Friends should seek advice in business ventures
The National Spiritual Assembly has become concerned in recent years about the entangled disputes in which Bahá’ís become involved when their business ventures go awry. Therefore, it offers the friends the following counsel:
The cases that have been brought to the National Assembly's attention invariably involve Bahá’ís who had the best of intentions when they initially made plans to start a business or made a business deal of some sort with another Bahá’í or group of Bahá’ís.
Feeling that they could trust their Bahá’í partners many believers have neglected to seek the advice of an attorney and have entered into the venture on the basis of oral agreements or inadequately written statements that later were misunderstood or misinterpreted. Consequently, when differences arose, there was no real way to resolve the problem, since the parties often could not agree on what the original terms of the venture were.
The National Spiritual Assembly cannot stress strongly enough the importance of establishing all business dealings on a firm legal foundation, whether or not they involve other Bahá’ís. This applies equally to loan transactions.
The National Assembly also has noted that the friends, in their eagerness to gain large and quick returns on their investments, sometimes enter into a speculative business ventures without legal counsel. When these ventures fail, as they sometimes do, the friends feel cheated. The believers must understand that speculation entails risks, and should be prepared to take the risks along with the rewards.
Another factor to be considered is Bahá’í ethical standards. Shoghi Effendi's discussion of rectitude of conduct in The Advent of Divine Justice, pp. 18-24, is recommended for all individuals who are considering a business venture.
Taking the precaution of seeking competent legal advice, having a realistic understanding of the risks involved, and trying to keep one's dealings in line with Bahá’í ethical standards not only saves everyone from considerable grief later on, but prevents either the Local Spiritual Assembly or the National Spiritual Assembly from having to spend its energies trying to resolve disputes that could have been avoided in the first place. It should also be understood that the institutions of the Faith are limited in their ability to resolve financial disputes, since final authority in the U.S. for resolving such disputes rests with the civil courts.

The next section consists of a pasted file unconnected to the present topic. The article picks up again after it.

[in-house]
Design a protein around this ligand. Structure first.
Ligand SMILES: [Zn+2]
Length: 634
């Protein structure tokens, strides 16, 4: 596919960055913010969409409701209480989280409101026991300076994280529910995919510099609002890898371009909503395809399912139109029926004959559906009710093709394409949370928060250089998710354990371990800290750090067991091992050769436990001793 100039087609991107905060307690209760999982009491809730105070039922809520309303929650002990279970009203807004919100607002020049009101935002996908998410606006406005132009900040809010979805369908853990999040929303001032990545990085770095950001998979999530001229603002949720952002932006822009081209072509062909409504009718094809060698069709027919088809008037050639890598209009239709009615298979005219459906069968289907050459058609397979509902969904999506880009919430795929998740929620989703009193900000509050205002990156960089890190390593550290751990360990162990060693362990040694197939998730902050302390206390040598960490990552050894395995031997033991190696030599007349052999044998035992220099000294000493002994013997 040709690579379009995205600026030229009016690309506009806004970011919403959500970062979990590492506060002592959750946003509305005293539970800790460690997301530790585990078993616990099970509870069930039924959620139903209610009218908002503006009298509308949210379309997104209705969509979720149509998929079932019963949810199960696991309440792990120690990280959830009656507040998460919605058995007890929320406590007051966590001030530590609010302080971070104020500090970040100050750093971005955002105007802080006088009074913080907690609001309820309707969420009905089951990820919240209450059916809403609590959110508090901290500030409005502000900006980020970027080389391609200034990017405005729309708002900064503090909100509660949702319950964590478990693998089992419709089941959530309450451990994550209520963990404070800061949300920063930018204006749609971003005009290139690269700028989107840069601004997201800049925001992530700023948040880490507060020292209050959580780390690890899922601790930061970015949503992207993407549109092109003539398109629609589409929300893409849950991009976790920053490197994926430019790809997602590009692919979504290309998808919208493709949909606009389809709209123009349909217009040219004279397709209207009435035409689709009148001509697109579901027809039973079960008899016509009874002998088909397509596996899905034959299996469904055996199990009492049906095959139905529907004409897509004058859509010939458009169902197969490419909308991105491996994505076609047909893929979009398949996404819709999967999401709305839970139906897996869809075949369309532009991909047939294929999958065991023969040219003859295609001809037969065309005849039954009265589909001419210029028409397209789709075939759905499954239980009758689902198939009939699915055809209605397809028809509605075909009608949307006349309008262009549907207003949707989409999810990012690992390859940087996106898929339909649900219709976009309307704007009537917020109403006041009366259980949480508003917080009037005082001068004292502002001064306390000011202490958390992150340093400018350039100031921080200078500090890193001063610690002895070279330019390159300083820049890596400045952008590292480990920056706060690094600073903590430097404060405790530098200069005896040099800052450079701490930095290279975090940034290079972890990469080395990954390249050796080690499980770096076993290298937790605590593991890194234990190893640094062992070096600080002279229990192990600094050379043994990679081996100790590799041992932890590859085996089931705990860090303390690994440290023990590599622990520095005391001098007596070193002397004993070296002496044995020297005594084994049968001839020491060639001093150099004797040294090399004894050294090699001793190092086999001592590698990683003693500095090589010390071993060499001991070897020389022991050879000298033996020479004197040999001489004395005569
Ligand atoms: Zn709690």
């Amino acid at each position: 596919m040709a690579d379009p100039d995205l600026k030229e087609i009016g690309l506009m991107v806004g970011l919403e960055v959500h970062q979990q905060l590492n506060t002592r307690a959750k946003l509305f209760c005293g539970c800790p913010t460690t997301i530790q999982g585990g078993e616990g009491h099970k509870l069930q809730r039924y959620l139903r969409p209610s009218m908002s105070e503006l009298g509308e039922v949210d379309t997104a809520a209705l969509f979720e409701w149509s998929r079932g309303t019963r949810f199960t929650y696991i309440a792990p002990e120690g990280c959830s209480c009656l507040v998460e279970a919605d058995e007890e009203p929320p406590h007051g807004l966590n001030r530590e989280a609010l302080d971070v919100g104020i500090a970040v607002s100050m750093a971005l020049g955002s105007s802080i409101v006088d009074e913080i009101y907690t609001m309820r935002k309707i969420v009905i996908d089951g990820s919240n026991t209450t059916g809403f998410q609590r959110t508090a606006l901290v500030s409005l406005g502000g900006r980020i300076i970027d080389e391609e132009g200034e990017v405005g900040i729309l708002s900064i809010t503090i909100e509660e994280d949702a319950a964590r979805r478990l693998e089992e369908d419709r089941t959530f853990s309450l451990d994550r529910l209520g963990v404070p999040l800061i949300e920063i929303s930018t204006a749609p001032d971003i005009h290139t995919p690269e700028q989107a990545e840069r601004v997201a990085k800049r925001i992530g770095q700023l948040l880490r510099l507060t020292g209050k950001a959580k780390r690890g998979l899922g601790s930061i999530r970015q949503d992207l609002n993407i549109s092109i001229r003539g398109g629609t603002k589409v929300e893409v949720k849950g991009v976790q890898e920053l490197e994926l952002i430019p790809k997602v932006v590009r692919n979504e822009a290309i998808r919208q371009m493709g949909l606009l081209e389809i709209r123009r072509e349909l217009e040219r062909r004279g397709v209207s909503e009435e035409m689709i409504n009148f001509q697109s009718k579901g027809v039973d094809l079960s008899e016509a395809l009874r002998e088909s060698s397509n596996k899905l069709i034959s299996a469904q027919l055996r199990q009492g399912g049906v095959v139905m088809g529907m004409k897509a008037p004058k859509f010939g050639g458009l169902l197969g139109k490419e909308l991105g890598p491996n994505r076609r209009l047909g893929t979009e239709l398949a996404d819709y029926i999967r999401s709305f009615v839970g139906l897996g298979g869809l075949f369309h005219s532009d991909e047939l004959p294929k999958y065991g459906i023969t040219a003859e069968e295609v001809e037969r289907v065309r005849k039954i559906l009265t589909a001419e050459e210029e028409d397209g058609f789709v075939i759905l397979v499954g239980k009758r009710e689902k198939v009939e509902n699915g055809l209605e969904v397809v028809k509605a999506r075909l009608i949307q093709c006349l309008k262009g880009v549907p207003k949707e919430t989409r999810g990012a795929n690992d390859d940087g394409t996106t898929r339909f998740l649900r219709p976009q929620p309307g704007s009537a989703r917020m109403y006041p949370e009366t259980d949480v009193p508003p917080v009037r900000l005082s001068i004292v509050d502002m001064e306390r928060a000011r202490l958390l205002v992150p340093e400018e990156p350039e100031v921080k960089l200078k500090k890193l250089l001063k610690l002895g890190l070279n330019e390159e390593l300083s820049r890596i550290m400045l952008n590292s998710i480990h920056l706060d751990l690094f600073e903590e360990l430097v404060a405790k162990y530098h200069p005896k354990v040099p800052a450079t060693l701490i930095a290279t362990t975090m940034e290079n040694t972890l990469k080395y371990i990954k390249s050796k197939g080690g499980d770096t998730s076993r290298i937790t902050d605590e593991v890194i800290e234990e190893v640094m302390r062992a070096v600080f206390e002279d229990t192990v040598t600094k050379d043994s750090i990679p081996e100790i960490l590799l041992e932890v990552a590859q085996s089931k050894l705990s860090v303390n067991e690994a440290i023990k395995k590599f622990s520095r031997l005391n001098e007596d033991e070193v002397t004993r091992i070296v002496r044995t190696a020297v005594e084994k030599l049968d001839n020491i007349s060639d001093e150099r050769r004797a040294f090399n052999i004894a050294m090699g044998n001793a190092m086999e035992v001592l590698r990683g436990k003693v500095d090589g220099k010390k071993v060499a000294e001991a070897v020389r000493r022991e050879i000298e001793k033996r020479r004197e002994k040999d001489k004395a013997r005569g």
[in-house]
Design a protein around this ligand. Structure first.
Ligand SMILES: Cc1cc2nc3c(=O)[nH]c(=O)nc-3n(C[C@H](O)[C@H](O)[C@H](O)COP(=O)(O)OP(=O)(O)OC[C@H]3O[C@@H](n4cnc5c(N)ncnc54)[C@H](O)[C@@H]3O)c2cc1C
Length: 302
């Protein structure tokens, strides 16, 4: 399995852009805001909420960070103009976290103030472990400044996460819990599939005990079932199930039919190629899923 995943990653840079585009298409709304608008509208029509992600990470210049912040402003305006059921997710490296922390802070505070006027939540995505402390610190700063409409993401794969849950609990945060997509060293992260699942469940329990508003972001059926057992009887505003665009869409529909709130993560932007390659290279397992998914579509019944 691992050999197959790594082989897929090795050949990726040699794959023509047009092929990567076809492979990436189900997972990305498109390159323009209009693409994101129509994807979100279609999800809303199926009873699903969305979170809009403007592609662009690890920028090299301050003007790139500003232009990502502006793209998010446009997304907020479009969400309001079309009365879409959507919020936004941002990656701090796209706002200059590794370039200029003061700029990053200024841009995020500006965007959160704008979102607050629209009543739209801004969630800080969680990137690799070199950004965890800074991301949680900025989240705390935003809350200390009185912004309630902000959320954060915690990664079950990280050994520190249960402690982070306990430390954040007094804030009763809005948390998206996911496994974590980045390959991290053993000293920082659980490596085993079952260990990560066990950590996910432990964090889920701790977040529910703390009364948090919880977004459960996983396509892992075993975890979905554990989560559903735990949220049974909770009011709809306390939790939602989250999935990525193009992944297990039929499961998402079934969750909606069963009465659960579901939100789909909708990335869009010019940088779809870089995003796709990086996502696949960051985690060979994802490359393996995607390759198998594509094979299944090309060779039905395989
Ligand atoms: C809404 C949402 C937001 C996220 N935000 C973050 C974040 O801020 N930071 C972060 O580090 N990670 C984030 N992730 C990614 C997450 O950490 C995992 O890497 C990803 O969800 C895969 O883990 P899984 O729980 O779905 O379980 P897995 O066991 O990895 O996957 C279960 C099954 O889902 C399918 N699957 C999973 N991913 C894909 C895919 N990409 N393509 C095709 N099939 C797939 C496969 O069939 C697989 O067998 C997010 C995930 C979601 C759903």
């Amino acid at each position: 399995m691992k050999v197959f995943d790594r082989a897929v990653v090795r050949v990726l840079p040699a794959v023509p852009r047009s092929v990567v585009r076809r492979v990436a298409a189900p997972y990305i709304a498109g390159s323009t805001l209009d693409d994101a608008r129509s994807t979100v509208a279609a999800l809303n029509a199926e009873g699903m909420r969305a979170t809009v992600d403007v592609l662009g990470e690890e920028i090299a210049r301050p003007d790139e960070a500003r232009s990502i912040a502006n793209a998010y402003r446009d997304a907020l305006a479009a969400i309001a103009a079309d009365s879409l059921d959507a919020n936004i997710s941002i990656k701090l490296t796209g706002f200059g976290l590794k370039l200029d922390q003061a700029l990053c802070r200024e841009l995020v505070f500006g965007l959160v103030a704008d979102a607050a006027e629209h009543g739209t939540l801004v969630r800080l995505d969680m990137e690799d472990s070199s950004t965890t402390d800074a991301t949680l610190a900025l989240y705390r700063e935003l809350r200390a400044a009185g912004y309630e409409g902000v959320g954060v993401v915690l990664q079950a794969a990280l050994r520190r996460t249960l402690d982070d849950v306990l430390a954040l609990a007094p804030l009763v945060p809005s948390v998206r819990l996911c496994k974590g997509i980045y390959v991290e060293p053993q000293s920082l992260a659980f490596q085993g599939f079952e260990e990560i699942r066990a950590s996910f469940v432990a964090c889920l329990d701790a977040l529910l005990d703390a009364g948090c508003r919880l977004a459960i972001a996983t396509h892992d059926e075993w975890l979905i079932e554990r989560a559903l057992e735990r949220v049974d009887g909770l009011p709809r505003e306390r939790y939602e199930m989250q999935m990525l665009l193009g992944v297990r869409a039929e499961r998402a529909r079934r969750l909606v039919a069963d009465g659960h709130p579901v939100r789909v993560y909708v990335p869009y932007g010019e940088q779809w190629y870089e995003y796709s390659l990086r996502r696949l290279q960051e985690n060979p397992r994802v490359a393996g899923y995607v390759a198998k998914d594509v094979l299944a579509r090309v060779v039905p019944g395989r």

The extension of loans by Assemblies and individuals can also cause problems. Individuals who are habitually unemployed or who are in the habit of borrowing from others often take advantage of the generosity of Bahá’ís, who lend them money or give them hospitality, sometimes at considerable sacrifice. When a dispute does arise, the friends should call to mind these words of ‘Abdu’l-Bahá:
"Endeavor ye as much' as possible that differences may not arise in the affairs; let not every insignificant matter become the cause of disagreement. If such conditions exist the end will be complete dispersion. The believers and maid-servants of the Merciful must all consider how to produce harmony, so that the unity of the human world may be realized, not that every wholly unimportant subject become conducive to differences of opinion. "It is my hope that the friends and the maidservants of America become united on all subjects and not disagree at all. If they agree upon a subject, even though it be wrong, it is better than to disagree and be in the right, for this difference will produce the demolition of the divine foundation. Though one of the parties may be in the right and they disagree that will be the cause of a thousand wrongs, but if they agree and both parties are in the wrong, as it is in unity the truth will be revealed and the wrong made right." (Bahá’í World Faith, p. 411)